Using information from that arrest, the marines went to some of Guzman’s safe houses in Culiacan, including one where his ex-wife lived, officials said. In one home, they found one of Guzman’s couriers, who disclosed locations of more safe houses. Guzman was hiding in another of the houses, the officials said. As the marines tried to knock down its steel-reinforced door, they said, Guzman escaped through a trap door under the bathtub. He descended a steel ladder that led to a network of tunnels that wove through the sewer system and connected at least seven other houses, U.S. and Mexican officials said.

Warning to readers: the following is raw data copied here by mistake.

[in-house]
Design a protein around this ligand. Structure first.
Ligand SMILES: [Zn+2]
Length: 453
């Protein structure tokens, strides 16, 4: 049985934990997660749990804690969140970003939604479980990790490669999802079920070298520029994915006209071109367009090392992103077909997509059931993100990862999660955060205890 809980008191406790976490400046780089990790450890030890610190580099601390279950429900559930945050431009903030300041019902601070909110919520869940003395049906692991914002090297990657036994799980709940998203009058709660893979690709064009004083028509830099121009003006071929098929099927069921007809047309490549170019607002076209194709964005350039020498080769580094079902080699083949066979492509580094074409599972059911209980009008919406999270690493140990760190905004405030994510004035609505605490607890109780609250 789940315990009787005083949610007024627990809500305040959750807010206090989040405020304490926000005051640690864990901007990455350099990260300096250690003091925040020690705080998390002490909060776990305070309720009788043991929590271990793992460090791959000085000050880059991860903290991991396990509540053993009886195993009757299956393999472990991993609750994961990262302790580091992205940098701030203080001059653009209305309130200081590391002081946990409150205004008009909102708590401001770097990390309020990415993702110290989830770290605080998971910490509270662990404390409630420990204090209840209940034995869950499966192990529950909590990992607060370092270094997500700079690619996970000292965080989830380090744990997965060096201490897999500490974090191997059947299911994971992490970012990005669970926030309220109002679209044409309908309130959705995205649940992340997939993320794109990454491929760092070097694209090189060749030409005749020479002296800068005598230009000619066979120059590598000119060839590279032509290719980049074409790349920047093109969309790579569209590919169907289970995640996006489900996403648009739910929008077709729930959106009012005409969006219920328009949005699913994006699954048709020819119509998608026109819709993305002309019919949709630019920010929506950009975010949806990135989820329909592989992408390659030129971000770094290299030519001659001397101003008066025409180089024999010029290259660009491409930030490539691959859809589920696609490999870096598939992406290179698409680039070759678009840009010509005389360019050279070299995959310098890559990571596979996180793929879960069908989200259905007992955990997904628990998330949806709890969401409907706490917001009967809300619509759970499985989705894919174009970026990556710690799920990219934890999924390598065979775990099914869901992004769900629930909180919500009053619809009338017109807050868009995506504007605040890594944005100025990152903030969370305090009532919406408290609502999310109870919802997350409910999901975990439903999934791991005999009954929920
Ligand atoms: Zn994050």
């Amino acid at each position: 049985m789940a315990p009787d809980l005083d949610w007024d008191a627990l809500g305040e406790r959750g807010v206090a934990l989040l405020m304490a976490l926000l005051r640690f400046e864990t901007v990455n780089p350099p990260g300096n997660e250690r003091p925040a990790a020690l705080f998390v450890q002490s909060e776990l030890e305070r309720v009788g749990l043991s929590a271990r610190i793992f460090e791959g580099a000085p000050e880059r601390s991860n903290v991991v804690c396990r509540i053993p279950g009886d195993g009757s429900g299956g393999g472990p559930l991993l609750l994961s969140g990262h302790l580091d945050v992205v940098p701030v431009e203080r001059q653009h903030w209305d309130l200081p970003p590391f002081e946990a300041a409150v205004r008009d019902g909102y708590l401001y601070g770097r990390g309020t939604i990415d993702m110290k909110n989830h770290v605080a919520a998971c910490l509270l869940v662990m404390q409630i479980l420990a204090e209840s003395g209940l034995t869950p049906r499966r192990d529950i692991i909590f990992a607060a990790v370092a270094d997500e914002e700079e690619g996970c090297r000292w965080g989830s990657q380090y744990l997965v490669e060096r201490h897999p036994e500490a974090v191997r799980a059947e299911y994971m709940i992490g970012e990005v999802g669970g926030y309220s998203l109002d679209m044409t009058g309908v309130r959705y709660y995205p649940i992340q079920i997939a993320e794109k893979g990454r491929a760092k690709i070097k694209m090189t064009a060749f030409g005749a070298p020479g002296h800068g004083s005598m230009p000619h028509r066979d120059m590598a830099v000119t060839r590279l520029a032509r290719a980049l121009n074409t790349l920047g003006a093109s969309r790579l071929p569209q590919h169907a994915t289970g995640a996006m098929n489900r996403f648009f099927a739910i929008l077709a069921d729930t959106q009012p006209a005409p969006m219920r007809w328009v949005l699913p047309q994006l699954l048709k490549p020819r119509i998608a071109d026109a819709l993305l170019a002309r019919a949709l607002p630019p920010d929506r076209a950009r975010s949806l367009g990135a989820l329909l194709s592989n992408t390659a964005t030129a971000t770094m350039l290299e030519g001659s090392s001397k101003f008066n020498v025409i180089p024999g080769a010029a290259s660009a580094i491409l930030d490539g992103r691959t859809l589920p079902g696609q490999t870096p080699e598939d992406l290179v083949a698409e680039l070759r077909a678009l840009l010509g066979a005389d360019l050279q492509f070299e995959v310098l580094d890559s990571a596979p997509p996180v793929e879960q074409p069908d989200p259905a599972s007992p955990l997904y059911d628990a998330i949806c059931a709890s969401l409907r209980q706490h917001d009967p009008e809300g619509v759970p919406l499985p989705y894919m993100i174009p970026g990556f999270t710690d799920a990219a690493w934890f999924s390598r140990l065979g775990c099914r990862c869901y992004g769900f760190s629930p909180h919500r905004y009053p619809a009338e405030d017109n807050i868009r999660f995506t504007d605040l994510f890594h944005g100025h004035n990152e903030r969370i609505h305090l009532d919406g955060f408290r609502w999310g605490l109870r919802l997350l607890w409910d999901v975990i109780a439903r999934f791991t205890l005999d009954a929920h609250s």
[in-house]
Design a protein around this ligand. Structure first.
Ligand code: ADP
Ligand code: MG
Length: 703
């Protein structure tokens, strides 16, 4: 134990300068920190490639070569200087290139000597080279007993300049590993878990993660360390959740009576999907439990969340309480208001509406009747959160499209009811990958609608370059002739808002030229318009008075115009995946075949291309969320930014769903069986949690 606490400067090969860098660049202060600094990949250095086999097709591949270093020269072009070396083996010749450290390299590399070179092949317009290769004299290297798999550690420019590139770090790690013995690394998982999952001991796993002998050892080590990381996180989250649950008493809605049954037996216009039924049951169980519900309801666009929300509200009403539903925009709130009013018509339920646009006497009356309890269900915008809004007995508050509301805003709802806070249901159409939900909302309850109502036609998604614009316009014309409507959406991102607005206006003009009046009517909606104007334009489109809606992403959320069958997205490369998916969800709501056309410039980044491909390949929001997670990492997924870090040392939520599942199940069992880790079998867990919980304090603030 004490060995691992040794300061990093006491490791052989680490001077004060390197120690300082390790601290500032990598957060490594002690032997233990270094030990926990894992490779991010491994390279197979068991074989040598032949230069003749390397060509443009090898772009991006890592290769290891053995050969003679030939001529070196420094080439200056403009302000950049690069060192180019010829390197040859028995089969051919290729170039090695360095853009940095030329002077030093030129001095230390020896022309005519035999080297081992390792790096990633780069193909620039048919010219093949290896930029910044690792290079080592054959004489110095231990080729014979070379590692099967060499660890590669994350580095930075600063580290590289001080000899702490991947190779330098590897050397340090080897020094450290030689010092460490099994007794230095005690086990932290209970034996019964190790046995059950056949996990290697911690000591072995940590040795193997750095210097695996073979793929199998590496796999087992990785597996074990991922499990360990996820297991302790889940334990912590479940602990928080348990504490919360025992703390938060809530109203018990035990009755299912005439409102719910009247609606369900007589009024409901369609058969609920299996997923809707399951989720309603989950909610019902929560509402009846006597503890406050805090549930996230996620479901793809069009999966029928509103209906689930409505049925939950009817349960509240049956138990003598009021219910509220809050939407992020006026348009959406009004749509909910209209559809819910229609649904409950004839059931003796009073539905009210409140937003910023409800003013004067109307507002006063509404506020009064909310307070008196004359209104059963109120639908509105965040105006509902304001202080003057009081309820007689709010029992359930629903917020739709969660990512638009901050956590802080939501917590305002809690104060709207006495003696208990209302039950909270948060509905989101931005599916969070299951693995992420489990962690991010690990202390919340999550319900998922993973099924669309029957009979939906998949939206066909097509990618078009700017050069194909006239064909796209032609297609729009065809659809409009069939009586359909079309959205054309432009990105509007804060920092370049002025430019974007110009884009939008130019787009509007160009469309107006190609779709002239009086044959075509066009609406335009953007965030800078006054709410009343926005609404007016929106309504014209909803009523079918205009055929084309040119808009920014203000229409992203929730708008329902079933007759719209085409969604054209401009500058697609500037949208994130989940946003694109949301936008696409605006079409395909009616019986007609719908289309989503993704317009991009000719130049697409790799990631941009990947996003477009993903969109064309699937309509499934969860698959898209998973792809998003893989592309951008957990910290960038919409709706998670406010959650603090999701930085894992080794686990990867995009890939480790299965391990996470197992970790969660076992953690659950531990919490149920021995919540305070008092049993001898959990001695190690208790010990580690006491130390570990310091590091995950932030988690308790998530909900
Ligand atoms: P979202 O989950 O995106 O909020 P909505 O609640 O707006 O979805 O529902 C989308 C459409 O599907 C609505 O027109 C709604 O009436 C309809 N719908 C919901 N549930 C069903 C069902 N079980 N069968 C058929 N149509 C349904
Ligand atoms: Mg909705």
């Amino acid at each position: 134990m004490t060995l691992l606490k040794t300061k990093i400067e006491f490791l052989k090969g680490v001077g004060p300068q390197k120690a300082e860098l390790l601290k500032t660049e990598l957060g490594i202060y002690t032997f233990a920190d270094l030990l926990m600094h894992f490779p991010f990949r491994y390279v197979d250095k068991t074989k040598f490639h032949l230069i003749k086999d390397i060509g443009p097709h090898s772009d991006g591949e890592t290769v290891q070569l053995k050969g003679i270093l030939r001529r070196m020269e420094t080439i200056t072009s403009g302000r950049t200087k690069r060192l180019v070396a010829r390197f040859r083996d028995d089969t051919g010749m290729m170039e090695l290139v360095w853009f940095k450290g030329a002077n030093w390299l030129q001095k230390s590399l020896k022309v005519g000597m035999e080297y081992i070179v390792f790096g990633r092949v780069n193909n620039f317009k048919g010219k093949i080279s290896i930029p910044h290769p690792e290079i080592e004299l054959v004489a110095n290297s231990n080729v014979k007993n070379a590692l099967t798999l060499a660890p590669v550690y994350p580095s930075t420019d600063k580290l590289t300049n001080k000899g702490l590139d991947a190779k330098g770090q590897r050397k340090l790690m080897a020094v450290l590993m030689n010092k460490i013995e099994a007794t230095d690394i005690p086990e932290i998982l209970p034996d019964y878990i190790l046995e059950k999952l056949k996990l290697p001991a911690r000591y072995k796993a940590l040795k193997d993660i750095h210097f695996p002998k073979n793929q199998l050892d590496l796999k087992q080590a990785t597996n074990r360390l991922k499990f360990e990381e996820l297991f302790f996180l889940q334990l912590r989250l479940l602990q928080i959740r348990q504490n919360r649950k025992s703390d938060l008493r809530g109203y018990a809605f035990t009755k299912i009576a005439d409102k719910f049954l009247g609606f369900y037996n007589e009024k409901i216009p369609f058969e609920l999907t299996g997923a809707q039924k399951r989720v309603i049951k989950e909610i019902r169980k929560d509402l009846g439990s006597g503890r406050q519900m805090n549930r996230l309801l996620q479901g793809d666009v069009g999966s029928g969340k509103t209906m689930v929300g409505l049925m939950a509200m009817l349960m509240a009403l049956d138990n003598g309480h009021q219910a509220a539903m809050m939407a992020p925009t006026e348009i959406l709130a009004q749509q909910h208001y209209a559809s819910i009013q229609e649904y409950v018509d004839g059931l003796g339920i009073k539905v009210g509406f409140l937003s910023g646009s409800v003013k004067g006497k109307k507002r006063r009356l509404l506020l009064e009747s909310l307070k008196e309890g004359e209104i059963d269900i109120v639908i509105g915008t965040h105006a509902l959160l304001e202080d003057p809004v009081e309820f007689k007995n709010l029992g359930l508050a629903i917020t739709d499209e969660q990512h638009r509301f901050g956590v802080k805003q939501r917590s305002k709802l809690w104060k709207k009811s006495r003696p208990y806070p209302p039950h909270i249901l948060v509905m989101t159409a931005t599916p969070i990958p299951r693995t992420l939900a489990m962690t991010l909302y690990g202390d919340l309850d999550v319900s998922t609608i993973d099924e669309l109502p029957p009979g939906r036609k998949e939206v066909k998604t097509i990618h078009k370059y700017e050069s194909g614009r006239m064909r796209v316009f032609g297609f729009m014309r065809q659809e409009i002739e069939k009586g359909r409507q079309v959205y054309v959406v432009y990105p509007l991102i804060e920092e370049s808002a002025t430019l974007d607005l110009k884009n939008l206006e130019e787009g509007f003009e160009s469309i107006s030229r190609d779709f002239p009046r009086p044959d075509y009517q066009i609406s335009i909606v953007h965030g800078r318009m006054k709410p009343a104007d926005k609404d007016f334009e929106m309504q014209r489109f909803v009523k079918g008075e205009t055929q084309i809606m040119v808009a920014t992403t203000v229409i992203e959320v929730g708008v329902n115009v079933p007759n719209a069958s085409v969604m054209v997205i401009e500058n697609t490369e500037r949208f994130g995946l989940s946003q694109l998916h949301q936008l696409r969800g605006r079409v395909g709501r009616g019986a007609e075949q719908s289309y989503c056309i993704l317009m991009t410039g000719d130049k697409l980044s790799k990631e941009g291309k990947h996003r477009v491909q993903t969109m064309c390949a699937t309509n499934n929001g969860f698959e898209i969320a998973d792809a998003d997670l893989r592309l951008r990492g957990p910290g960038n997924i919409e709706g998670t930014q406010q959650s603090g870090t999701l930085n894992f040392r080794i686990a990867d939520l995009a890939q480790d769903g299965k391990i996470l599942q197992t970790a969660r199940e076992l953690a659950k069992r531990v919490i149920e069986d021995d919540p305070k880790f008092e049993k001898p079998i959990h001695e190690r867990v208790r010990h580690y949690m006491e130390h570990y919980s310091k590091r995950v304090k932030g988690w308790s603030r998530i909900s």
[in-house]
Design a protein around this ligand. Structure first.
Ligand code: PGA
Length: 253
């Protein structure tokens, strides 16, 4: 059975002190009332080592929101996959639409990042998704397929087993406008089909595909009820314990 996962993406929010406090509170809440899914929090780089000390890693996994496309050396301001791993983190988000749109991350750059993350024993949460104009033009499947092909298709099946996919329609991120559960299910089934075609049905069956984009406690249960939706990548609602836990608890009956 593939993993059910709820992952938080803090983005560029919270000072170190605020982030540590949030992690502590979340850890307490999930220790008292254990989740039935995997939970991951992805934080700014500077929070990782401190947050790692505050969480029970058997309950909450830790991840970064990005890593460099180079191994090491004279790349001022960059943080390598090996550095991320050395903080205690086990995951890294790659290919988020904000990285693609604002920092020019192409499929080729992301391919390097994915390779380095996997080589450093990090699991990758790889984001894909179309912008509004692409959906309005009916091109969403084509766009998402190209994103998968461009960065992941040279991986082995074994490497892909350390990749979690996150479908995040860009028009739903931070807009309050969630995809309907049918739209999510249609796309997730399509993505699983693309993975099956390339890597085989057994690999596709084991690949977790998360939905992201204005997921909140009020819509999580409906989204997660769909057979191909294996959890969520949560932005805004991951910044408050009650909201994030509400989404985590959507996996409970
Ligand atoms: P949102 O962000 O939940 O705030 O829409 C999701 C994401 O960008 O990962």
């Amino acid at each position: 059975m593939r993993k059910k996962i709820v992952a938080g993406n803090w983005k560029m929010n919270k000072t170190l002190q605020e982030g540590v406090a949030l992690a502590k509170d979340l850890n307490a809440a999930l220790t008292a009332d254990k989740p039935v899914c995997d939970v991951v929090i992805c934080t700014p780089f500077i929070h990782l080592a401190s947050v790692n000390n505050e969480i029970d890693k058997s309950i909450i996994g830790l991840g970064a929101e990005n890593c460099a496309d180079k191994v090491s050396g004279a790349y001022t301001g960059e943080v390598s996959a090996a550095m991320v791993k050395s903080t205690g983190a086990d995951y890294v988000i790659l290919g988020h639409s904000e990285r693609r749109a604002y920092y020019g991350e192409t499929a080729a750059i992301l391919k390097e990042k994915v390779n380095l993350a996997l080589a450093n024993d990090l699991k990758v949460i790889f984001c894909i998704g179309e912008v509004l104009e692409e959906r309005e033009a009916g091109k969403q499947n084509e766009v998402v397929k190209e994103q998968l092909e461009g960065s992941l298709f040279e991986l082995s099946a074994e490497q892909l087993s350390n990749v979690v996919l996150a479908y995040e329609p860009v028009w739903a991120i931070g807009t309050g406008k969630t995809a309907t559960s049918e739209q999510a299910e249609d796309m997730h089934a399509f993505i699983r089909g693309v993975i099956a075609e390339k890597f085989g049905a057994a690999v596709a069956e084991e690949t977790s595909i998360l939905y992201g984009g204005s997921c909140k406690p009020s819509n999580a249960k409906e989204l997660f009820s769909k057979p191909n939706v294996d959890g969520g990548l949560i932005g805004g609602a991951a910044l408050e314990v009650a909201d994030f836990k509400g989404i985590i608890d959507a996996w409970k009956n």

“He was able to escape from us at least twice,” said the U.S. federal law enforcement official. “He had a direct sense that we were after him.”
Guzman was moving quickly. He would leave behind grenades, rifles, ballistic vests and armored cars. “He was on the run, and he had to leave behind his personal protection,” one federal law enforcement official said.
As police closed streets in Culiacan and searched houses, top officials of the Mexican navy and the federal prosecutor’s office were holding emergency meetings to coordinate the hunt for Guzmán, who had escaped from a high-security prison in 2001. U.S. officials said he had since become the world’s most powerful drug lord.
American investigators sifted through the trove of new intelligence, and “all the agencies started to strategize, looking at stash houses, associates — and the puzzle started coming together,” according to Mike Vigil, a retired senior DEA official who worked for 13 years in Mexico and was briefed on the arrest.